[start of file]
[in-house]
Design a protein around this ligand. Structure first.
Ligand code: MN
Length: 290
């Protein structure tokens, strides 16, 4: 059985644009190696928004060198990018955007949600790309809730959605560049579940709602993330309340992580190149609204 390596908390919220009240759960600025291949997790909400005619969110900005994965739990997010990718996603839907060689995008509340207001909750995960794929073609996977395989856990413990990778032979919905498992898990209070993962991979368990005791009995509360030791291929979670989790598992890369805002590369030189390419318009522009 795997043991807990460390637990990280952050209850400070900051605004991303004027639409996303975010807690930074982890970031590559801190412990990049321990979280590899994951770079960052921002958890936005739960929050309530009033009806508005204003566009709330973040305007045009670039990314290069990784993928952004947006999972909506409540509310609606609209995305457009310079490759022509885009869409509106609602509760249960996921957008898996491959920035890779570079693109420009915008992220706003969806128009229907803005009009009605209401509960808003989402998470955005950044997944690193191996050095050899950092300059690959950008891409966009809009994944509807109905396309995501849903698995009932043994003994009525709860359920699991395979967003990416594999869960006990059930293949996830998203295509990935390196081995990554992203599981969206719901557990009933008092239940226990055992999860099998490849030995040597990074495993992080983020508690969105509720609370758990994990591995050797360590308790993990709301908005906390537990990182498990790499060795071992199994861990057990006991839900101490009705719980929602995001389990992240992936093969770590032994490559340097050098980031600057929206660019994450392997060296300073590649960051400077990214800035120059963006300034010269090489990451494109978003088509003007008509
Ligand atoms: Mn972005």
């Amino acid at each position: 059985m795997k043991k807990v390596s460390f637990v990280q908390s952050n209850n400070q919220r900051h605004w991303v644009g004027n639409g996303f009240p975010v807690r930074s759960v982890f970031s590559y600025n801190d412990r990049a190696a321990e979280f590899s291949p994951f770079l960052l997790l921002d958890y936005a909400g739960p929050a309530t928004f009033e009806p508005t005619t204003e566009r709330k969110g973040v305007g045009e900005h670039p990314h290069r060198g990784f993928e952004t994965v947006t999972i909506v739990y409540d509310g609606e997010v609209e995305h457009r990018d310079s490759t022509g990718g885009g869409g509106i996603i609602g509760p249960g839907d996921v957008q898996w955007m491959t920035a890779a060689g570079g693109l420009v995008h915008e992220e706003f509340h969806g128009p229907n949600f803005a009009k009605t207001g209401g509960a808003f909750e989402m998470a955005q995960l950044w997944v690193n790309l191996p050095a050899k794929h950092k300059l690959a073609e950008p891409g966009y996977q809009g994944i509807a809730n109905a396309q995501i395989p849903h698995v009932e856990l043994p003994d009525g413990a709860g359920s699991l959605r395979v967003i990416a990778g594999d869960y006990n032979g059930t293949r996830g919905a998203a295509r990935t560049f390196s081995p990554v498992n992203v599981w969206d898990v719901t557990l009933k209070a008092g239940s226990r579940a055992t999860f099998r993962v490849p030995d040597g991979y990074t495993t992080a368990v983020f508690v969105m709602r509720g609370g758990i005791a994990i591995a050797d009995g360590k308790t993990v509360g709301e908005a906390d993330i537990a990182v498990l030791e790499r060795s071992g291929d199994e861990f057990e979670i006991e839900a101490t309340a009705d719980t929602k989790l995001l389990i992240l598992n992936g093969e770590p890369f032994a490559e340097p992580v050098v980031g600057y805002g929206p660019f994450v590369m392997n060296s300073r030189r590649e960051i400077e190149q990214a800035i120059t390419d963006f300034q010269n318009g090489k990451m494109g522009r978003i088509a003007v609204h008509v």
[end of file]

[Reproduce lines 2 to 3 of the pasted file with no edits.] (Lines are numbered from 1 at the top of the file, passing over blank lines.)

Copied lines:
Design a protein around this ligand. Structure first.
Ligand code: MN